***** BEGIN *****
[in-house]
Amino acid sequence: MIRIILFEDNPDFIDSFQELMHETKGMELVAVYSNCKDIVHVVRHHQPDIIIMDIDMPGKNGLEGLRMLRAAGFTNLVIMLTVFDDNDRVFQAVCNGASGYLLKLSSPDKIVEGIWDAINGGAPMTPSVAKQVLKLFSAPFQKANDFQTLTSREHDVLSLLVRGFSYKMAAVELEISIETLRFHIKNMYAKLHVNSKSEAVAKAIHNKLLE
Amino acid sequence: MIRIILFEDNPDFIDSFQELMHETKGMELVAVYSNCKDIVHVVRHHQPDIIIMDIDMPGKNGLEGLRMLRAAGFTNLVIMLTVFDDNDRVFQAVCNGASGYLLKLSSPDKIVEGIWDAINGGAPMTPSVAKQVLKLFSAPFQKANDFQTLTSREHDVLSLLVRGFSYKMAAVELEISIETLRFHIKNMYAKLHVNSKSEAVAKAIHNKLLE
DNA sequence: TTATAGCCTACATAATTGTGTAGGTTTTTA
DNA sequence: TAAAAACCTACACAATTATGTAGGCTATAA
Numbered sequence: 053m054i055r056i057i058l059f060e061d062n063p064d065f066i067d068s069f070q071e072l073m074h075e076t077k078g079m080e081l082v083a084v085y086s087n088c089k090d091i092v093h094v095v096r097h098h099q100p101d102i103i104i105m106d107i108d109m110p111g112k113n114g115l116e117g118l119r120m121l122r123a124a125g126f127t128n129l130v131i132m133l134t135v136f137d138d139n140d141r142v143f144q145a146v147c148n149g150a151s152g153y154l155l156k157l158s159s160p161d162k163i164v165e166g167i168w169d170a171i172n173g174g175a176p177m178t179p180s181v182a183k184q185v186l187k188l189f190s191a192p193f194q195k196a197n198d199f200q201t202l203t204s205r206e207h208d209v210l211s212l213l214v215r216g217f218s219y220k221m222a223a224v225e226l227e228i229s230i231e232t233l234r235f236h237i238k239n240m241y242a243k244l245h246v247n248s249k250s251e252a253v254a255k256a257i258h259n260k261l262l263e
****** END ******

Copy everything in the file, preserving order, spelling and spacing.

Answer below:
[in-house]
Amino acid sequence: MIRIILFEDNPDFIDSFQELMHETKGMELVAVYSNCKDIVHVVRHHQPDIIIMDIDMPGKNGLEGLRMLRAAGFTNLVIMLTVFDDNDRVFQAVCNGASGYLLKLSSPDKIVEGIWDAINGGAPMTPSVAKQVLKLFSAPFQKANDFQTLTSREHDVLSLLVRGFSYKMAAVELEISIETLRFHIKNMYAKLHVNSKSEAVAKAIHNKLLE
Amino acid sequence: MIRIILFEDNPDFIDSFQELMHETKGMELVAVYSNCKDIVHVVRHHQPDIIIMDIDMPGKNGLEGLRMLRAAGFTNLVIMLTVFDDNDRVFQAVCNGASGYLLKLSSPDKIVEGIWDAINGGAPMTPSVAKQVLKLFSAPFQKANDFQTLTSREHDVLSLLVRGFSYKMAAVELEISIETLRFHIKNMYAKLHVNSKSEAVAKAIHNKLLE
DNA sequence: TTATAGCCTACATAATTGTGTAGGTTTTTA
DNA sequence: TAAAAACCTACACAATTATGTAGGCTATAA
Numbered sequence: 053m054i055r056i057i058l059f060e061d062n063p064d065f066i067d068s069f070q071e072l073m074h075e076t077k078g079m080e081l082v083a084v085y086s087n088c089k090d091i092v093h094v095v096r097h098h099q100p101d102i103i104i105m106d107i108d109m110p111g112k113n114g115l116e117g118l119r120m121l122r123a124a125g126f127t128n129l130v131i132m133l134t135v136f137d138d139n140d141r142v143f144q145a146v147c148n149g150a151s152g153y154l155l156k157l158s159s160p161d162k163i164v165e166g167i168w169d170a171i172n173g174g175a176p177m178t179p180s181v182a183k184q185v186l187k188l189f190s191a192p193f194q195k196a197n198d199f200q201t202l203t204s205r206e207h208d209v210l211s212l213l214v215r216g217f218s219y220k221m222a223a224v225e226l227e228i229s230i231e232t233l234r235f236h237i238k239n240m241y242a243k244l245h246v247n248s249k250s251e252a253v254a255k256a257i258h259n260k261l262l263e